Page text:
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Sunday, 17.10.2021
eGovernment Forschung seit 2001 | eGovernment Research since 2001

I recently visited the US, and while checking in at the airport to return home, I observed several Jamaicans being denied boarding by the agent because of insufficient documentation. The critical documentations that were absent was either the approved travel authorisation or evidence of a negative COVID-19 antigen or polymerase chain reaction (PCR) test. Both are required. What was revealing about travelling was the level of digital transformation that has taken place as a consequence of the pandemic.

Digital transformation is the adoption of digital technologies to transform services or businesses or replacing outdated digital technologies with upgraded technology. We have already witnessed the impact of digital transformation on education, with emergency online teaching and learning taking place since March 2020.

Digital transformation is the adoption of digital technologies to transform services or businesses or replacing outdated digital technologies with upgraded technology. We have already witnessed the impact of digital transformation on education, with emergency online teaching and learning taking place since March 2020.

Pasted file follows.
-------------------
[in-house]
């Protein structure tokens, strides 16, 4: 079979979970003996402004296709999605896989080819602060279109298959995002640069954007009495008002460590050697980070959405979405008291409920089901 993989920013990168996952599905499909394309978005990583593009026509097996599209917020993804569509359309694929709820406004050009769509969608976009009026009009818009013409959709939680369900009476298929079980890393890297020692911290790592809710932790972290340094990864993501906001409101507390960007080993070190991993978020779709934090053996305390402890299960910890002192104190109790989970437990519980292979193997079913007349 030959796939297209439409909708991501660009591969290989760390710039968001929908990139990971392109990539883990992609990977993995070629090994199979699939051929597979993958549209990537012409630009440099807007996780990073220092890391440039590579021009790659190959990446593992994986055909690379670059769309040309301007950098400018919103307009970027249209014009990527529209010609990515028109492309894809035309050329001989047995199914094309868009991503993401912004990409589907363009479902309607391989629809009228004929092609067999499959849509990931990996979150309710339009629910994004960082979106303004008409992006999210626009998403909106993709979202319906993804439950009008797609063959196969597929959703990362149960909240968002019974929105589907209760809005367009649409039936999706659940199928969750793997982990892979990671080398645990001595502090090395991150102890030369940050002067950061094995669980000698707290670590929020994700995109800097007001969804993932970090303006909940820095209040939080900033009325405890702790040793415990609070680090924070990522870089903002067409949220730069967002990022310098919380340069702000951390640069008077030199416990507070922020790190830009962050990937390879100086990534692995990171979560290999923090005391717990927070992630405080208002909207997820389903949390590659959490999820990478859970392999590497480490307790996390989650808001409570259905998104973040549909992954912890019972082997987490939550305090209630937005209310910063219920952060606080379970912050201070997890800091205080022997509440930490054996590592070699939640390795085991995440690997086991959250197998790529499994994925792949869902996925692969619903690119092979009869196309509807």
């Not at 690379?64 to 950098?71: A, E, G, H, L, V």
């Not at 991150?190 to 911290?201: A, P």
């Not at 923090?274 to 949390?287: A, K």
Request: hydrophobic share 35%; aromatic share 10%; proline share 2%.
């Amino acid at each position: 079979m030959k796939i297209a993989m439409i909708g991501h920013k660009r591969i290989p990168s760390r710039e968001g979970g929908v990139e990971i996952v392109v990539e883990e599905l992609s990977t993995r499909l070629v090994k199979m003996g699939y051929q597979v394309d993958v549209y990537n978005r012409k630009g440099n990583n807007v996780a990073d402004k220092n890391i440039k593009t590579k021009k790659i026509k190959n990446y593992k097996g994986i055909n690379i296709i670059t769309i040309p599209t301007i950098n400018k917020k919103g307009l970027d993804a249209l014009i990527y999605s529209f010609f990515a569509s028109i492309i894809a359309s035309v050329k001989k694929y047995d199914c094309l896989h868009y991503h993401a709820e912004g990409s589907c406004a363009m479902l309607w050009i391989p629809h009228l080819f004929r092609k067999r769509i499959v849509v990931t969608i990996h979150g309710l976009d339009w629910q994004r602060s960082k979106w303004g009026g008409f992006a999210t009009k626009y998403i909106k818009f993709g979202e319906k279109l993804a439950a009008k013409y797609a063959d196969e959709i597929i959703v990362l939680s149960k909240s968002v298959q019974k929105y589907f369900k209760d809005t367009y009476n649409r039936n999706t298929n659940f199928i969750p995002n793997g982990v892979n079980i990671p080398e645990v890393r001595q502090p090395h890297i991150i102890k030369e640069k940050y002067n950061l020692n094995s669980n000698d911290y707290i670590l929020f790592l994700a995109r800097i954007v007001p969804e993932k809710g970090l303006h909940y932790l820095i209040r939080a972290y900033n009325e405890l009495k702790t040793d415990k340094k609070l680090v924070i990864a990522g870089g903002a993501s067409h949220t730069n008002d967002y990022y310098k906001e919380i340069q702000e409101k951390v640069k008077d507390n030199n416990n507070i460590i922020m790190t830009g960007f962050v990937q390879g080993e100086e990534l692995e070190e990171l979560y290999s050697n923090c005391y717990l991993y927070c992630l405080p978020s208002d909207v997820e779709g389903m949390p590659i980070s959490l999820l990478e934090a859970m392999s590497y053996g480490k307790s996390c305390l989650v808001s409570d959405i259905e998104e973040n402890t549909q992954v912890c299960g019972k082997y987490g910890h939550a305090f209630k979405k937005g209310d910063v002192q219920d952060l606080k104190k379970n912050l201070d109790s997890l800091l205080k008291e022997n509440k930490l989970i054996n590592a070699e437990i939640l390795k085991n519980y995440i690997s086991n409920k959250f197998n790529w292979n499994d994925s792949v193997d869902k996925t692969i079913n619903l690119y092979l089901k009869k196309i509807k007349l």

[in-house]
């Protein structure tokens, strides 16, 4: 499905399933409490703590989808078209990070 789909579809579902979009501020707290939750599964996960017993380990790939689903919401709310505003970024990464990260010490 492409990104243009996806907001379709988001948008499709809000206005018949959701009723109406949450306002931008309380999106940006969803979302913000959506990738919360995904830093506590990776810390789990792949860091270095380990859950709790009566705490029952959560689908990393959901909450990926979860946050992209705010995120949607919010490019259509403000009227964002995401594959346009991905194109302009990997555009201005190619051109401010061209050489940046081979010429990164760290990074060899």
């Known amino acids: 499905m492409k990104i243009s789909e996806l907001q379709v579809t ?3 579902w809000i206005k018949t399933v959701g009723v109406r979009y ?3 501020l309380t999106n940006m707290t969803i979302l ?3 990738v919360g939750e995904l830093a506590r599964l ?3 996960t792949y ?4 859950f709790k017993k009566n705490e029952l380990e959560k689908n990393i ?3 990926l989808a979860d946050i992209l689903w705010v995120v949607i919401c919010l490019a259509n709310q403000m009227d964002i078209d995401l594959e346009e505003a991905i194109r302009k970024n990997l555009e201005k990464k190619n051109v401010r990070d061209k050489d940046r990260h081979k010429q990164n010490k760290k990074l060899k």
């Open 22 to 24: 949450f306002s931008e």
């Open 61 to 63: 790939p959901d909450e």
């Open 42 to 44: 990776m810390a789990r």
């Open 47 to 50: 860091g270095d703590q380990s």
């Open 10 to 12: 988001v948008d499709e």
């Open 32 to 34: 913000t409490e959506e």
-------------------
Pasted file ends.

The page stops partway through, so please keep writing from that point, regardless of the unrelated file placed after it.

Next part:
Let me explain how digital transformation has impacted some aspects of travel. I am returning to the travel documentations mentioned earlier. When you are coming to Jamaica, citizen or otherwise, you are required to apply for entry using an online 'Travel Authorisation for Jamaica Form'. This form is long and includes the 'Immigration and Customs Form'. The response to the application — hopefully an approval — is sent to your e-mail, with a QR code, which you can print or it can be scanned from your smartphone at the airport. Most of this process was digitally enabled.

Having the antigen/PCR test done was just as digitally-enabled. We choose to have it done via drive-through. At the entry of the location you scan a QR code with your smartphone and complete an online form to apply for the test. A confirmation of your application is sent to your phone with another QR code, which is subsequently scanned by the doctor, which generates a label for your test. The test was contactless and within 20 minutes, the result was sent to your smartphone.

So in order to conduct these two processes, you needed, at a minimum, a smartphone, Internet access, and an e-mail address. These processes have been digitally transformed. This digital transformation is ushering in or maybe forcing in a digital economy.

Auditing and consulting firm, Deloitte, defines the digital economy as economic activity that results from billions of everyday online connections among people, businesses, devices, data, and processes. The backbone of the digital economy is hyper-connectivity, which means growing interconnectedness of people, organisations, and machines that results from the Internet, mobile technology and the Internet of Things (IoT). This digital economy was already taking shape, however, with this unprecedented novel coronavirus pandemic, the pace has accelerated out of necessity.